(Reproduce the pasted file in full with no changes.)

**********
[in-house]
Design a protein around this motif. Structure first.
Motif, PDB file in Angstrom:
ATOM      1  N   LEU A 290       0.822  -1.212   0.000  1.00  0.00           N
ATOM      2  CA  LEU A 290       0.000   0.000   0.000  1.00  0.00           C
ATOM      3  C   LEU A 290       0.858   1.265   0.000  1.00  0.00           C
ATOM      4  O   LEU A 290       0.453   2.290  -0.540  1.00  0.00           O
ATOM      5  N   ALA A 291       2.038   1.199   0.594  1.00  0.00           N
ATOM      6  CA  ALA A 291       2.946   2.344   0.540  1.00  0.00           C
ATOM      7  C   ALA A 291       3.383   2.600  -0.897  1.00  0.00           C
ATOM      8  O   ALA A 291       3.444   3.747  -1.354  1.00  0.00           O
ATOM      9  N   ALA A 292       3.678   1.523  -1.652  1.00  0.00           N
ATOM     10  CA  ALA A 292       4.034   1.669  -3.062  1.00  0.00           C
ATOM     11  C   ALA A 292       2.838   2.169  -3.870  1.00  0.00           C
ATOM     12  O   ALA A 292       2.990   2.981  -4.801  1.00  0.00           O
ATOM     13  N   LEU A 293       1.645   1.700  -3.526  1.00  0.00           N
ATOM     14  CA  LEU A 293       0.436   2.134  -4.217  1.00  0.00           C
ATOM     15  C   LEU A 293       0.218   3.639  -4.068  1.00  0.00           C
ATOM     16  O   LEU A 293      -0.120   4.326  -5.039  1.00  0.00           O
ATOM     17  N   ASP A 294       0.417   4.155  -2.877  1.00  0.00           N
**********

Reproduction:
[in-house]
Design a protein around this motif. Structure first.
Motif, PDB file in Angstrom:
ATOM      1  N   LEU A 290       0.822  -1.212   0.000  1.00  0.00           N
ATOM      2  CA  LEU A 290       0.000   0.000   0.000  1.00  0.00           C
ATOM      3  C   LEU A 290       0.858   1.265   0.000  1.00  0.00           C
ATOM      4  O   LEU A 290       0.453   2.290  -0.540  1.00  0.00           O
ATOM      5  N   ALA A 291       2.038   1.199   0.594  1.00  0.00           N
ATOM      6  CA  ALA A 291       2.946   2.344   0.540  1.00  0.00           C
ATOM      7  C   ALA A 291       3.383   2.600  -0.897  1.00  0.00           C
ATOM      8  O   ALA A 291       3.444   3.747  -1.354  1.00  0.00           O
ATOM      9  N   ALA A 292       3.678   1.523  -1.652  1.00  0.00           N
ATOM     10  CA  ALA A 292       4.034   1.669  -3.062  1.00  0.00           C
ATOM     11  C   ALA A 292       2.838   2.169  -3.870  1.00  0.00           C
ATOM     12  O   ALA A 292       2.990   2.981  -4.801  1.00  0.00           O
ATOM     13  N   LEU A 293       1.645   1.700  -3.526  1.00  0.00           N
ATOM     14  CA  LEU A 293       0.436   2.134  -4.217  1.00  0.00           C
ATOM     15  C   LEU A 293       0.218   3.639  -4.068  1.00  0.00           C
ATOM     16  O   LEU A 293      -0.120   4.326  -5.039  1.00  0.00           O
ATOM     17  N   ASP A 294       0.417   4.155  -2.877  1.00  0.00           N